Ignition interlock violations are an unfortunate fact of life for many people on a restricted license. As busy Michigan driver’s license restoration lawyers, we do all we can to help our clients avoid getting a violation in the first place, and will even try and head one off, if possible. However, the sheer number of people required to use these devices at any given time means that there will always be a lot of violations. Inevitably, a sizable part of our caseload is made up of interlock violations.
As much as I want to (and, in other articles have tried) to write about how to avoid getting violated, the problem is that nobody goes online and looks for anything about ignition interlock violations until after there has been a problem. Although that’s probably the case right now, just in case the reader finds this piece soon enough after something like a missed or positive breath test, please follow the Secretary of State’s advice that you either promptly get a PBT test at a local police station, or at least get an EtG urine test the same day as any positive or missed test. And yes, they know there is a camera on your interlock unit, but they still prefer an independent test, anytime you miss or test positive.
Part and parcel of being a busy license restoration practice is that we do, in fact, see it all. I can honestly say that we have had numerous cases where, unbeknownst to the client, his or her camera somehow moved out of aim and was not pointing directly at the face, and therefore the pictures that accompanied all the relevant breath samples did not clearly identify him or her as the person providing them. In fact, in one case, proving it was my client who re-tested clean turned on the distinctive watch he was wearing. Can you say for sure that, right now, that your camera is still perfectly aimed?
Given that most people reading this will be well past the time to get either a PBT or EtG test, the question really boils down to, what can we do about a pending ignition interlock violation? The answer, of course, is typical for a lawyer, but still accurate: it depends. Although the big concern, anytime there is an interlock violation, is that the person was drinking (this is why the Michigan Secretary of State strongly advises getting an EtG or PBT test), focusing solely on alcohol misses the point, in a big way.
When you really analyze things, it becomes clear that nobody gets violated for drinking. Instead, they get violated for failing to follow the procedures and rules governing interlock use. In cases like a missed or positive test, the violation is as much for failing to prove compliance, meaning failing to prove a person was not drinking, as much as anything else. Let me explain:
Being on the interlock is sort of like being a party to a contract between yourself and the Secretary of State. If you got a restricted license after multiple DUI’s (whether through a license restoration or from a sobriety court), it’s as if the state has offered you the ability to drive, but with a bunch of strings attached. You don’t have to agree to any of it, but if you don’t agree to all of it, then you get no license.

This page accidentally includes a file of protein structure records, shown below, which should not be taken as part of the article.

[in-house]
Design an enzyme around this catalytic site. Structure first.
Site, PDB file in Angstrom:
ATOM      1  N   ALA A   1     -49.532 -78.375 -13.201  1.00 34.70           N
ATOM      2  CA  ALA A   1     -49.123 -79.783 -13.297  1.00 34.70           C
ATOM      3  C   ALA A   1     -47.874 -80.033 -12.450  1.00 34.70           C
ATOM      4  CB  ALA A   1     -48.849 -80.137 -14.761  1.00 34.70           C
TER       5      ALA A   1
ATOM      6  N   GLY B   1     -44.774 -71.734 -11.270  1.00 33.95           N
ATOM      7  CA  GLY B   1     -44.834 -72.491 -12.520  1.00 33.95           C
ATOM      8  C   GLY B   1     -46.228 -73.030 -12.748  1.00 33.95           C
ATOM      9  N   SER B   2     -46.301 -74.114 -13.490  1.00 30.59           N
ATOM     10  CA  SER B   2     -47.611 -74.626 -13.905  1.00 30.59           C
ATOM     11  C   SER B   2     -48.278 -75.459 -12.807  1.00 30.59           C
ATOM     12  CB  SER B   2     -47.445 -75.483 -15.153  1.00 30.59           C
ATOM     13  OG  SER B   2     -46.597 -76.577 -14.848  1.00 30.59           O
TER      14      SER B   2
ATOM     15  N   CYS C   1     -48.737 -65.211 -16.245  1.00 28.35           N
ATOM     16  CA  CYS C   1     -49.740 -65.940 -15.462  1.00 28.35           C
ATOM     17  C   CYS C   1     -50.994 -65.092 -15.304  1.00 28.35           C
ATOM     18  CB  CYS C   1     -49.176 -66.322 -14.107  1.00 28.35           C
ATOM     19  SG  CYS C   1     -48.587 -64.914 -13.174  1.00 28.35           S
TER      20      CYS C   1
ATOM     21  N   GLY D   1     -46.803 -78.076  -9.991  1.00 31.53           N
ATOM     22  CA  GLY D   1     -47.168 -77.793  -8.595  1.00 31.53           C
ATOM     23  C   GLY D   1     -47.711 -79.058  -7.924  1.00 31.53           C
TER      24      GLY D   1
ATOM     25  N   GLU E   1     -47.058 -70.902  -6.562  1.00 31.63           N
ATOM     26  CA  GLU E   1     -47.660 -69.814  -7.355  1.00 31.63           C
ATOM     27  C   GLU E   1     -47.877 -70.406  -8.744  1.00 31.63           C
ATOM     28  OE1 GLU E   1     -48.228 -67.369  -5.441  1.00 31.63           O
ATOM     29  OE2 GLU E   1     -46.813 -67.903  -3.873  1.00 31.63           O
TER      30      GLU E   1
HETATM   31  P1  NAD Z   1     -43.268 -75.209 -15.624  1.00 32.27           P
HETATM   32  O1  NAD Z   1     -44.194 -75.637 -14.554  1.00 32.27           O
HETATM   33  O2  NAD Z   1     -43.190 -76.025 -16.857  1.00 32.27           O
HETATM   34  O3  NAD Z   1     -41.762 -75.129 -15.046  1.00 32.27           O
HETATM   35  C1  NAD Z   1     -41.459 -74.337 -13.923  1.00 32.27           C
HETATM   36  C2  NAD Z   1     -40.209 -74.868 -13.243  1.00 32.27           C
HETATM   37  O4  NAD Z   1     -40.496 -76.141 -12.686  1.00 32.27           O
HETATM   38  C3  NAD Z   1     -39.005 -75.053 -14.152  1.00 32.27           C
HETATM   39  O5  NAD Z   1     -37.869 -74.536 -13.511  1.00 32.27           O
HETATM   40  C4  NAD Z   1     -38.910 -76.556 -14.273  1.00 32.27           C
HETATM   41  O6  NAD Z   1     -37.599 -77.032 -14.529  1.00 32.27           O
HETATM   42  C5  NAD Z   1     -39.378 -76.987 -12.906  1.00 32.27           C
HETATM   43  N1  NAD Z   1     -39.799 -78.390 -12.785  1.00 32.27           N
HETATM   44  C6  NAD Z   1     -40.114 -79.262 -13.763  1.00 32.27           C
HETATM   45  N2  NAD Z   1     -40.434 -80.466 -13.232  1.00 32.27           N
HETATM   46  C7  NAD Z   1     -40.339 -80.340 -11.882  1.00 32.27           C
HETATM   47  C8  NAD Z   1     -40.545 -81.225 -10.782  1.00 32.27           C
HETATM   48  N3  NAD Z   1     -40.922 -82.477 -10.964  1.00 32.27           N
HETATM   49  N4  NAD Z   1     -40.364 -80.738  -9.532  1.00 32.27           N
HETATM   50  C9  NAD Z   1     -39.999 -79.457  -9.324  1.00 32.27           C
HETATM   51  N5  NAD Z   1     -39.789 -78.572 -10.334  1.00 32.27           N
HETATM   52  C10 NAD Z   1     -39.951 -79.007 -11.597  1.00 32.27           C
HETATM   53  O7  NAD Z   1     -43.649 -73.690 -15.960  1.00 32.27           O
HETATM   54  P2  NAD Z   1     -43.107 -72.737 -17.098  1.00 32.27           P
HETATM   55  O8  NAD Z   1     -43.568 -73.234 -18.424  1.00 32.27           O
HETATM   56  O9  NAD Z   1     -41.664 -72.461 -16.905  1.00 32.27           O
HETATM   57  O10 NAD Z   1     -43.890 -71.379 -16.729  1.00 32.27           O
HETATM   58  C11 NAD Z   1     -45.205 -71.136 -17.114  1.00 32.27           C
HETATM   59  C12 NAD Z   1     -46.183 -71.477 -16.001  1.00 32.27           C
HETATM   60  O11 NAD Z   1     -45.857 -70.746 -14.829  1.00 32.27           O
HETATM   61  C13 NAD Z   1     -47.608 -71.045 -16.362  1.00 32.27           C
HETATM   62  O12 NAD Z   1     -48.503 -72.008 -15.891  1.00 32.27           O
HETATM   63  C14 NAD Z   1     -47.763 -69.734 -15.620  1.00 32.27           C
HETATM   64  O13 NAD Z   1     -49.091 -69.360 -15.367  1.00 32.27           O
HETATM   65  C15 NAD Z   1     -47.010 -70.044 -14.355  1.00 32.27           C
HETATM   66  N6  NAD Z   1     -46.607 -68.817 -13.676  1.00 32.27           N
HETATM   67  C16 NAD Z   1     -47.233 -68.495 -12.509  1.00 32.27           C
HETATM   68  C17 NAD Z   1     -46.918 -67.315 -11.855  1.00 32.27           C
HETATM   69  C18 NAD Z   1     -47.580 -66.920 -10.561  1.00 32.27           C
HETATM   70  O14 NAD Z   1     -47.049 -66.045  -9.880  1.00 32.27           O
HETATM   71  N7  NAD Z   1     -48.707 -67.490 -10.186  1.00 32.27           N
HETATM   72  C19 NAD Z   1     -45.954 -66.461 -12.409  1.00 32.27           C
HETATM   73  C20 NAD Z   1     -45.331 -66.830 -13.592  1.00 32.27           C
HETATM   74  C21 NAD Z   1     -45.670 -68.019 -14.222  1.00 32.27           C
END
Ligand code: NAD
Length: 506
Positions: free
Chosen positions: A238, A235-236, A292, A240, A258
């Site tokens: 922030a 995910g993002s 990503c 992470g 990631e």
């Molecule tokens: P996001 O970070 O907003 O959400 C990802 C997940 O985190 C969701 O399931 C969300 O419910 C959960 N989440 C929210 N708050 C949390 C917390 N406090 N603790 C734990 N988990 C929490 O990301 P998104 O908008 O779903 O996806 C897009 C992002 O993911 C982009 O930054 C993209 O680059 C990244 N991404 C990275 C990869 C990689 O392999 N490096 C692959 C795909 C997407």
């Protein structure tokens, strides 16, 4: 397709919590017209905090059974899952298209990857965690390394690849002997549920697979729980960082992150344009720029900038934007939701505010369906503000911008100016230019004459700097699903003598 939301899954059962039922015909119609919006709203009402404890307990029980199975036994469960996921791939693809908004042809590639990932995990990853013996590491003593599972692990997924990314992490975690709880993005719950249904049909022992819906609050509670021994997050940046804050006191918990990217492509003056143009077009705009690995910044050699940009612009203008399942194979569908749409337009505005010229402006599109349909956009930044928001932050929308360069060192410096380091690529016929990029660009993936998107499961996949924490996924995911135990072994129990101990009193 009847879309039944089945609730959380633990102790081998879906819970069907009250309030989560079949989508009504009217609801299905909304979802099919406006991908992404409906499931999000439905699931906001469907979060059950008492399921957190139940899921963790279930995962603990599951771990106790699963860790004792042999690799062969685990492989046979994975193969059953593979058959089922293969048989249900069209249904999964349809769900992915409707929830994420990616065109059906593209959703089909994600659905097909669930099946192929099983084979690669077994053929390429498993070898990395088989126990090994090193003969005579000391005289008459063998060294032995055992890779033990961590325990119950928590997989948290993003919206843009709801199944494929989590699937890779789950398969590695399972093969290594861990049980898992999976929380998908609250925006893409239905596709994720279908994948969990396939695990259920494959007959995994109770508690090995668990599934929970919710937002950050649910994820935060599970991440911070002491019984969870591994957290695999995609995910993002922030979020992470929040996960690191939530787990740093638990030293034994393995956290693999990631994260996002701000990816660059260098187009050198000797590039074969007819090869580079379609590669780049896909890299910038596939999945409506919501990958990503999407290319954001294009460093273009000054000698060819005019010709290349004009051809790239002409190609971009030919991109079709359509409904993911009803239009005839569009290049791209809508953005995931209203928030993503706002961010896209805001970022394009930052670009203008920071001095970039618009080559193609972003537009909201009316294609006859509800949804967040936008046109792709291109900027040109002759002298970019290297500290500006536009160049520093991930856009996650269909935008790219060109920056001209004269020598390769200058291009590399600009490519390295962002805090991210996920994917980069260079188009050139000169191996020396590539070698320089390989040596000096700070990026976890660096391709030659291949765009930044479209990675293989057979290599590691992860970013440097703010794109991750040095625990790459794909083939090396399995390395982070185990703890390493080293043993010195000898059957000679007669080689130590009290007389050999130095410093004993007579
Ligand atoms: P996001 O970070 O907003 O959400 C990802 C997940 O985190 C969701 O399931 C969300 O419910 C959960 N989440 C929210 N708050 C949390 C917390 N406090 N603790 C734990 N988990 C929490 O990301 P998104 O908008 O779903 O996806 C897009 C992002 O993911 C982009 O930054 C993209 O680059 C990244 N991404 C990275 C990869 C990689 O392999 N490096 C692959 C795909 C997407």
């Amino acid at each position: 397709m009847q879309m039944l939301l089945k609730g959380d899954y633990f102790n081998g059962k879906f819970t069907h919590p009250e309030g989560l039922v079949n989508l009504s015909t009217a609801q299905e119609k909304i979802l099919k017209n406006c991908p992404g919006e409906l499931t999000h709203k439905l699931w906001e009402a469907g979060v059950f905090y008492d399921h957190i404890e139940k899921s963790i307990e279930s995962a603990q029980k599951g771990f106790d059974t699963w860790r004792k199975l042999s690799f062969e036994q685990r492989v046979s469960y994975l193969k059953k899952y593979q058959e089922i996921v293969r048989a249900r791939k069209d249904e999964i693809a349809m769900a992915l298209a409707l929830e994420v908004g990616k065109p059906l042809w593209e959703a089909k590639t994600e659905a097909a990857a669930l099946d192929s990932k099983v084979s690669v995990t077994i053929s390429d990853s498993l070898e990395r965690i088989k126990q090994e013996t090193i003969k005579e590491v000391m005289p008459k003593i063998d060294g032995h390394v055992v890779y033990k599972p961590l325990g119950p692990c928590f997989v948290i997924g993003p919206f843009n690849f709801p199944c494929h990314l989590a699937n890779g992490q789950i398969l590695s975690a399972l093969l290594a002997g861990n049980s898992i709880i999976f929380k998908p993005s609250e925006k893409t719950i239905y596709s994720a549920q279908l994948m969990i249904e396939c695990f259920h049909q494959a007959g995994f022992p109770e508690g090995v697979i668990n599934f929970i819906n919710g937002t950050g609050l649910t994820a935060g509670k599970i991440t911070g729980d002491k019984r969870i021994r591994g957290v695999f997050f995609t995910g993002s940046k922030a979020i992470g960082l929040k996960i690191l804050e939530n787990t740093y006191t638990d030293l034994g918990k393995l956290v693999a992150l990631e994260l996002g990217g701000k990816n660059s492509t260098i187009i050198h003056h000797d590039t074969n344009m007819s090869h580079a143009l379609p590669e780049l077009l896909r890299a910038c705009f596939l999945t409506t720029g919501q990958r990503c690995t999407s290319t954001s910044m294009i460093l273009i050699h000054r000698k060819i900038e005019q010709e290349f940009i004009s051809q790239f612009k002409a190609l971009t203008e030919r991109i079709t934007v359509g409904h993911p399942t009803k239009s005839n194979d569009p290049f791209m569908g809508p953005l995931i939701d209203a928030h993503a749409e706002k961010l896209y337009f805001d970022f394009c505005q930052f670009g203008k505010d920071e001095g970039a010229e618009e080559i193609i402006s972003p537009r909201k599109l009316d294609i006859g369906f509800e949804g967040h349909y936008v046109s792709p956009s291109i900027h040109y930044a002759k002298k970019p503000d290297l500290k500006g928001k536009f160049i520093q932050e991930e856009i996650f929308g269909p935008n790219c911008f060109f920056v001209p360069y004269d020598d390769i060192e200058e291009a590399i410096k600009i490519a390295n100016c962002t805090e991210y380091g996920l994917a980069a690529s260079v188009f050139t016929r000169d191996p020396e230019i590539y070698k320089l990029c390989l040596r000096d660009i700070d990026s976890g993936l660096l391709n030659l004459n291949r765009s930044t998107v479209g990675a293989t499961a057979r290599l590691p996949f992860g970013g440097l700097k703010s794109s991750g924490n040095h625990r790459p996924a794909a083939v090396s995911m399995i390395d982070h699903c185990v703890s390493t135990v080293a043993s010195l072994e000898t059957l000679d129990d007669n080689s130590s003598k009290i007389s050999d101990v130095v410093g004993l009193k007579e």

Think of it this way; you don’t have to agree to show up at your job and work, but if you don’t, then you won’t be getting a paycheck.
As far as the restricted license goes, the state has certain rules about having and using an interlock. The interlock is designed to both prevent the car from being operated by someone who is over a certain BAC limit (in Michigan, it’s .025) AND to monitor the breath samples of the person using it, and to keep a record of that. After multiple DUI’s, the only people who are re-licensed by the Secretary of State are those who can prove they’ve quit drinking for good. Accordingly, any such person who EVER drinks (at least while on the interlock) is going to have his or her restricted license taken away.
As a side note, in order to bump a restricted up to a “full” license, a person is going to have to prove that he or she has both the commitment and the ability to remain alcohol-free for life and never drink again. In other words, a person has to prove that he or she is genuinely sober and is likely to remain so.
Among the rules for using the interlock, a person must pass an initial test to start the vehicle, and then retest within 5 minutes of any request to do so. Also, he or she must never tamper with or circumvent the proper connection or functioning of the machine. Important here is that it is the person’s responsibility to make sure his battery always has sufficient power and does not die out, because if it does, and the interlock loses power, he or she will get a “tamper/circumvent” violation.
When a person successfully complies with all of the state’s requirements, then they’re keeping their end of the bargain. Keep that up, and everything will be fine.
However, if a person does have a problem, like missing a rolling retest, then he or she will be violated. Underlying such a violation is, of course, the idea that a person isn’t proving that he or she didn’t drink. Even if a person takes and passes a retest only a few minutes later, thus proving that they didn’t drink, that doesn’t erase or negate the violation, however.